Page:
After lunch we walked back to our bus for the last part of the ride for the day. We were headed to Sorrento. We left the city and climbed into the hills as we approached the beautiful area of the Amalfi Coast. As we approached Sorrento we drove down a mountainside with a beautiful view of the Tyrrhenian Sea off to our right. We could see the town of Sorrento nestled on a cliff-side in the evening light. It was quite picturesque.Aldo dropped us off at the hotel, and then it was time to say our good-byes to him since he was heading back to Rome with the bus. We thanked him for bringing us all the way from the north of Italy to its south safely.
The hotel itself was really nice and quite quaint. It was an older establishment with a lot of character. All of us in the tour group got rooms on the top floor with wonderful views. Some got a view of the bay with Mt. Vesuvius on the other side of the bay. Some of us faced the mountains behind the town. We had a nice terrace area next to our room that was not very usable at our time of arrival because it was still raining.There was a rooftop garden area near our room with great views in all directions, a place I would visit with my camera later.
After a short period of rest, we headed out to the center of town with the rest of the tour group. It had turned dark by that time. It was a short walk and the rain had subsided by then.Folks were given the opportunity to shop in town. From there it was onward to the restaurant for dinner.Alessandro had arranged for a demonstration of pasta making by the owners of the place. Three different kinds of pasta were made by folks selected from the tour group. Directions were given by a gentleman who was quite entertaining, while his mother stood by to assist. The mother (whom you can see in the background in one of the pictures observing the proceedings very carefully) was probably the person who was the brains behind the cooking. I suspect that the son learned what he knows from her. What I learned was that making pasta is somewhat simple and there is a lot of feel that goes into the process rather than sticking to strict measurements and proportions. By the way, some Italian cooks do not take too kindly to the mention of Parmesan cheese as used in the US, which is considered a low quality product used in place of real parmigiano cheese.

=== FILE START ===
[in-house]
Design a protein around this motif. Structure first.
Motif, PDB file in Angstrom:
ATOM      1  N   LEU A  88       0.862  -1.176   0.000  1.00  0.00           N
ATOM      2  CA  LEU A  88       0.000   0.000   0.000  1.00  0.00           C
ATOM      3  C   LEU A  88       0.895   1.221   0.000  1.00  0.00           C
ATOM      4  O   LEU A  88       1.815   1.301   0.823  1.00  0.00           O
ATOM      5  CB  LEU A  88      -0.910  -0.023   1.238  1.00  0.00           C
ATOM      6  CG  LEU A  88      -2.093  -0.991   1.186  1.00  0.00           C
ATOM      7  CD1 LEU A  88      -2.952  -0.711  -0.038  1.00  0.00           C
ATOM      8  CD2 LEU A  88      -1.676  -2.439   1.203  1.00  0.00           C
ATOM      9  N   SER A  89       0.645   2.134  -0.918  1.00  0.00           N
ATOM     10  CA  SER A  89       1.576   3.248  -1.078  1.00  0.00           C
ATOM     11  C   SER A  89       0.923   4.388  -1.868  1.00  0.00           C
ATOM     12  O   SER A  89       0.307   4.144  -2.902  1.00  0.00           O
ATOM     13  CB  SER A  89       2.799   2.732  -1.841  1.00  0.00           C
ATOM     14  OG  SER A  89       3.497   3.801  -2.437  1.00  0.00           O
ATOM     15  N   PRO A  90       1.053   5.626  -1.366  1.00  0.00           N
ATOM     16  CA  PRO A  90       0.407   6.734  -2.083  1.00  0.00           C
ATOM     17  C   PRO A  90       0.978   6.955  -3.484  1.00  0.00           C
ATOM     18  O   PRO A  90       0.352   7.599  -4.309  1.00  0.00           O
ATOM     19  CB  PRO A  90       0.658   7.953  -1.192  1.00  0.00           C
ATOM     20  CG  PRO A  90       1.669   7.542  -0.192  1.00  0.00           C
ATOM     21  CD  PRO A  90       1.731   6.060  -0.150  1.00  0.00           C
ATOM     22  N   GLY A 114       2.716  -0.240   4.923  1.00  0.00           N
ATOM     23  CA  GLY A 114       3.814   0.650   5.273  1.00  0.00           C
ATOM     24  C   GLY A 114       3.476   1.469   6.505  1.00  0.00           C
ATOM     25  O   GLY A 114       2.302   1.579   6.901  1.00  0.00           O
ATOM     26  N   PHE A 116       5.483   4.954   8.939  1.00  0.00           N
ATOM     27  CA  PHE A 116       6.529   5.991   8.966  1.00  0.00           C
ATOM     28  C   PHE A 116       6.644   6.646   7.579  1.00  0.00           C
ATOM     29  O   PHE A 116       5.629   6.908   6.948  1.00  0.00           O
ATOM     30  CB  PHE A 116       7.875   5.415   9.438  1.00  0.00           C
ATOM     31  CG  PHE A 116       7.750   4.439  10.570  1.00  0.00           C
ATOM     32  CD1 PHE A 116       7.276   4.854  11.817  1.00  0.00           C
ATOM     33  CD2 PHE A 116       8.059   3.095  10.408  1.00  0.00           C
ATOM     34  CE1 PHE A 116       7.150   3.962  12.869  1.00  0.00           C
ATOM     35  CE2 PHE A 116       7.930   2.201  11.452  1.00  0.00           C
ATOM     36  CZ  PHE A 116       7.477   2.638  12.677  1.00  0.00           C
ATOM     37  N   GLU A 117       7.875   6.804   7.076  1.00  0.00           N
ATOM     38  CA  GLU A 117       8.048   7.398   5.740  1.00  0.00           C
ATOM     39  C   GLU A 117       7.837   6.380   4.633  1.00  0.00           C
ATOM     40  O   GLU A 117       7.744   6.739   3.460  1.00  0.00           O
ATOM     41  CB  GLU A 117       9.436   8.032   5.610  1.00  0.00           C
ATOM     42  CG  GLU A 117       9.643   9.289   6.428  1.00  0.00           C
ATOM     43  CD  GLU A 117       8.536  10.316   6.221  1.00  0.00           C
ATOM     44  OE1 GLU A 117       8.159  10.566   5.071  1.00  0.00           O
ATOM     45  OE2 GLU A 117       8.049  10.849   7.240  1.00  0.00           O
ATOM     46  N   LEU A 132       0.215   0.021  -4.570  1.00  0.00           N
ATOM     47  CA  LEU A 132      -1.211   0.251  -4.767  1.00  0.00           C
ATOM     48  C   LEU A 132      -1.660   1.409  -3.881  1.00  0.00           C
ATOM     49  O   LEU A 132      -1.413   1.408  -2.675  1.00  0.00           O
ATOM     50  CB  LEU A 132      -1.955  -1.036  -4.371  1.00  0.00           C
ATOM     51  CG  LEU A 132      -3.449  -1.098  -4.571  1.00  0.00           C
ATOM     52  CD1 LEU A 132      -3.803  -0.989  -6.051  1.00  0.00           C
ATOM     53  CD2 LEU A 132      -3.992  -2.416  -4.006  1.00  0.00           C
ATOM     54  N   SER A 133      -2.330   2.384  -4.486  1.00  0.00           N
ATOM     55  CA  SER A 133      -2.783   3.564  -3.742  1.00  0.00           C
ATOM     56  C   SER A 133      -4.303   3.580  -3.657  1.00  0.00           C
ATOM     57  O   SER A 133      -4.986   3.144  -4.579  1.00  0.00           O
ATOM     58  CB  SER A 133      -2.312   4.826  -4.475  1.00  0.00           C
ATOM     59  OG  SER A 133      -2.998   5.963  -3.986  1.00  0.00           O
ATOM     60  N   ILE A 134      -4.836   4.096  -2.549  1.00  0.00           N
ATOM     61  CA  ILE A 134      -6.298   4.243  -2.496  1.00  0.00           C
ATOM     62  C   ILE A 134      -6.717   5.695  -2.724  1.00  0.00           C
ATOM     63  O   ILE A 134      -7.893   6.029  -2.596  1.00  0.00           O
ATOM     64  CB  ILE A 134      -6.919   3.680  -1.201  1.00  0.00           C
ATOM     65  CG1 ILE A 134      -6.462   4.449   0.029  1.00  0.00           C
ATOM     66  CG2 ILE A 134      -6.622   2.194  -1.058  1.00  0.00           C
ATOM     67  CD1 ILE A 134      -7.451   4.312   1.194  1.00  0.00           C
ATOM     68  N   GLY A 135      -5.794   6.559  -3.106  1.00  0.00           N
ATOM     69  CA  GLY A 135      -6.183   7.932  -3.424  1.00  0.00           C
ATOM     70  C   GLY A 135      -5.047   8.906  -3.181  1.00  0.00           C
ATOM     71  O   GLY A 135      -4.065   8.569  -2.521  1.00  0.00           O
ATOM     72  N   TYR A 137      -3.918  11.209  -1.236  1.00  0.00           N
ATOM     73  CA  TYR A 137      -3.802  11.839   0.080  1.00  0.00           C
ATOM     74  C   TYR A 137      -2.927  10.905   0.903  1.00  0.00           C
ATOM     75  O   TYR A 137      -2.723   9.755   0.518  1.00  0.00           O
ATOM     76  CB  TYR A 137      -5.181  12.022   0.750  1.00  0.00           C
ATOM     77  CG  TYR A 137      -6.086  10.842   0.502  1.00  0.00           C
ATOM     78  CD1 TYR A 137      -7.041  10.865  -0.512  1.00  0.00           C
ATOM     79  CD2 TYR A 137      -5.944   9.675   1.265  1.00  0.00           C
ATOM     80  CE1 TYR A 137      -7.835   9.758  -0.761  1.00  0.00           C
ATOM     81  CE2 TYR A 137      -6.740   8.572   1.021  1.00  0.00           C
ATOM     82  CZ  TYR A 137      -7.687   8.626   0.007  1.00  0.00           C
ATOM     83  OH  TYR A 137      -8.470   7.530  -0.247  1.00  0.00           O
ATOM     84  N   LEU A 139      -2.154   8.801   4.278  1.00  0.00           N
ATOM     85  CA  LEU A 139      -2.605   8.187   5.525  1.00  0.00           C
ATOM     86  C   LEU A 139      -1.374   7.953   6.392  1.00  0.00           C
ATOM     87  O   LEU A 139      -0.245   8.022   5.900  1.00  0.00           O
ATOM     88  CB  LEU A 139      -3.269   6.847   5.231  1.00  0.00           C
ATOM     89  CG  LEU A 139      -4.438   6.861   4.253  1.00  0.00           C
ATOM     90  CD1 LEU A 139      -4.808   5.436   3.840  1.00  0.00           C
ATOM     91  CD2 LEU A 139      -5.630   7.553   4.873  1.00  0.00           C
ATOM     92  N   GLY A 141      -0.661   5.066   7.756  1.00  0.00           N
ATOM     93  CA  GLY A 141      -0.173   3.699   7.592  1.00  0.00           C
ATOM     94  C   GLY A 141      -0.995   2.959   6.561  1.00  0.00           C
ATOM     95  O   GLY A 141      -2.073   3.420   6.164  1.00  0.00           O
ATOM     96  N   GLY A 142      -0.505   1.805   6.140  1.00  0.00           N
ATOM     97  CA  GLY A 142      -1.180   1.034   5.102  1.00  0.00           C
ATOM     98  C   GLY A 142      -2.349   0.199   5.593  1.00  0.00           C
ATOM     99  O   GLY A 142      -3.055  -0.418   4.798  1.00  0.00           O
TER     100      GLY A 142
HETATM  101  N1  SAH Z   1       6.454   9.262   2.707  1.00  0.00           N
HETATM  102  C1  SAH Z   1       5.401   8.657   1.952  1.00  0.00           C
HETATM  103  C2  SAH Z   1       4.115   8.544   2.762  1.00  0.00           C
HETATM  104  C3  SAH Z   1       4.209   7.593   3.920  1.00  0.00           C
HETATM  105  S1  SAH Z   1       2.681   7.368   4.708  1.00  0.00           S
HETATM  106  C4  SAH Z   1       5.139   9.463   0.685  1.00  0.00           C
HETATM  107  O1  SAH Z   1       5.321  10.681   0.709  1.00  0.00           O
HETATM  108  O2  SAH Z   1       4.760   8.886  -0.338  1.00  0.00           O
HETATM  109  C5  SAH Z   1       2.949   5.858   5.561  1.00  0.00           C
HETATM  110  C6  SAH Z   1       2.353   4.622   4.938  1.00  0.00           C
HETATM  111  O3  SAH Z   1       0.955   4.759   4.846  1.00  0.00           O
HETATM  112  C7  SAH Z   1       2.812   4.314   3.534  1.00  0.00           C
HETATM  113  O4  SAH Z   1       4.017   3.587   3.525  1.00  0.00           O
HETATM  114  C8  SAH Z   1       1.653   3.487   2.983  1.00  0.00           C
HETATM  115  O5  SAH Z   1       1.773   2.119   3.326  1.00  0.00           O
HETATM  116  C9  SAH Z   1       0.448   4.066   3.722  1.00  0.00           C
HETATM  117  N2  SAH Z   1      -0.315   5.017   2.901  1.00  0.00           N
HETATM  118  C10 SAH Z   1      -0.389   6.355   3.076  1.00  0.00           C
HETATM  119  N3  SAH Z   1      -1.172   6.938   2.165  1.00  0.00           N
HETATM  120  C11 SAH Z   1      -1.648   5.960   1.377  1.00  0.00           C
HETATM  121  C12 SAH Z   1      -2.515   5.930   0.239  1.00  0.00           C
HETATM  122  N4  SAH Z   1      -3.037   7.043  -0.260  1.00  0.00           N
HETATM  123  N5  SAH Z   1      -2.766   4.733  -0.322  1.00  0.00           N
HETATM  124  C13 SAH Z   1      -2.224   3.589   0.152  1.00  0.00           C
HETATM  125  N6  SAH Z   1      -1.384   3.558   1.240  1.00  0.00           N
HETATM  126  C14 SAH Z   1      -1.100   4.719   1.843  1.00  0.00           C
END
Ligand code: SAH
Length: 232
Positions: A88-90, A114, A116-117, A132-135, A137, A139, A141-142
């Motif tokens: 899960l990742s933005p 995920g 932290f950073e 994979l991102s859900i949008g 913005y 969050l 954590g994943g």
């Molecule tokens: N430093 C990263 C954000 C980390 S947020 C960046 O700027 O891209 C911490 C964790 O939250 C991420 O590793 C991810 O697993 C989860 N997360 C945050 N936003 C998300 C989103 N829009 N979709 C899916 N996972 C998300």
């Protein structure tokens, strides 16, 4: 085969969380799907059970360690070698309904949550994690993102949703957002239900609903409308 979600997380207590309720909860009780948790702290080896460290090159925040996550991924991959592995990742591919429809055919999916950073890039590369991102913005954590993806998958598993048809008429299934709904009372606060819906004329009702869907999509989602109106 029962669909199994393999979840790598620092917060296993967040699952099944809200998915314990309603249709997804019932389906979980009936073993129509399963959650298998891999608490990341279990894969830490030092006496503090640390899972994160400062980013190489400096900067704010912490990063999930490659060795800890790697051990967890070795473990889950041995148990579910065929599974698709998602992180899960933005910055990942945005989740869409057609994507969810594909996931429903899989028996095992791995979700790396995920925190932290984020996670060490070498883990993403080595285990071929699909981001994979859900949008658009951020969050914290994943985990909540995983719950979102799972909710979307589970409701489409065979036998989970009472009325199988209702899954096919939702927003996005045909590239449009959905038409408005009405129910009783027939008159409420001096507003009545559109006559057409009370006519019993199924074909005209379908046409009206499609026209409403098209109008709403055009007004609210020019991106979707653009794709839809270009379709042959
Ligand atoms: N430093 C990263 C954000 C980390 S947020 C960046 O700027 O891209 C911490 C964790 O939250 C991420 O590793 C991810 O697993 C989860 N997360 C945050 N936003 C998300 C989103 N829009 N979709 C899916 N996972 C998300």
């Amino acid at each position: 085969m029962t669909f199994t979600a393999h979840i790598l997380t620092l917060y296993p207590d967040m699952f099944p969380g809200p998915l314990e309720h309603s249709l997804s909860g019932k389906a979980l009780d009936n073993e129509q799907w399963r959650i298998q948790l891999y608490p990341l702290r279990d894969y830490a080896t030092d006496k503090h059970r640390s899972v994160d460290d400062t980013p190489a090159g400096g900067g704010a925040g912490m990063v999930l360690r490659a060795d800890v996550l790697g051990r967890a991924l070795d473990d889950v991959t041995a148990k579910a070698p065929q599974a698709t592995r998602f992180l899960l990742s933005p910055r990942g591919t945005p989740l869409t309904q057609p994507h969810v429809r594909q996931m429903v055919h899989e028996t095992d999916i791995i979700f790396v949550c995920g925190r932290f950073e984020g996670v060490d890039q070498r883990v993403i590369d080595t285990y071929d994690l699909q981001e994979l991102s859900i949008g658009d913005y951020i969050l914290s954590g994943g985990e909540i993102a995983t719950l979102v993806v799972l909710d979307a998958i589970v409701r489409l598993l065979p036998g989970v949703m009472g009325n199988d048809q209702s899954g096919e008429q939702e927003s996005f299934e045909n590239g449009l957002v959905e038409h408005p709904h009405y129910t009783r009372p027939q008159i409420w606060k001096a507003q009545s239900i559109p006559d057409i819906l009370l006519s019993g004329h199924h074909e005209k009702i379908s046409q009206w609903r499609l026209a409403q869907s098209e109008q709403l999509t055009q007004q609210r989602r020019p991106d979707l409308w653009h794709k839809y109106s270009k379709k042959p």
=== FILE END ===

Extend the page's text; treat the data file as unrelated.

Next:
Dinner with the customary wine was really good.There was musical entertainment by a lady singer who accompanied herself with a karaoke type setup. It was a laid back affair, but, for some reason or other, it did not really hit the spot in the same way that previous musical dinner experiences had done. C’est la vie!
Some of us walked back to the hotel after dinner. It was good to work off some of the food. We were ready for bed.
Our smaller group of six from Maryland was going to be on its own the whole of the next day because we had not signed up for the optional trip to the Isle of Capri. We had to plan some activities for ourselves, and different folks had different interests. Seeing that the place was very scenic and hilly, the two of us were mainly interested in hitting the trails leaving town in the morning in order to explore the countryside. Others were less interested in a hike and simply wanted to enjoy the sights in town after taking it easy in the morning to recover and recuperate.
Read the next entry in this series of blogs on our trip to Italy here.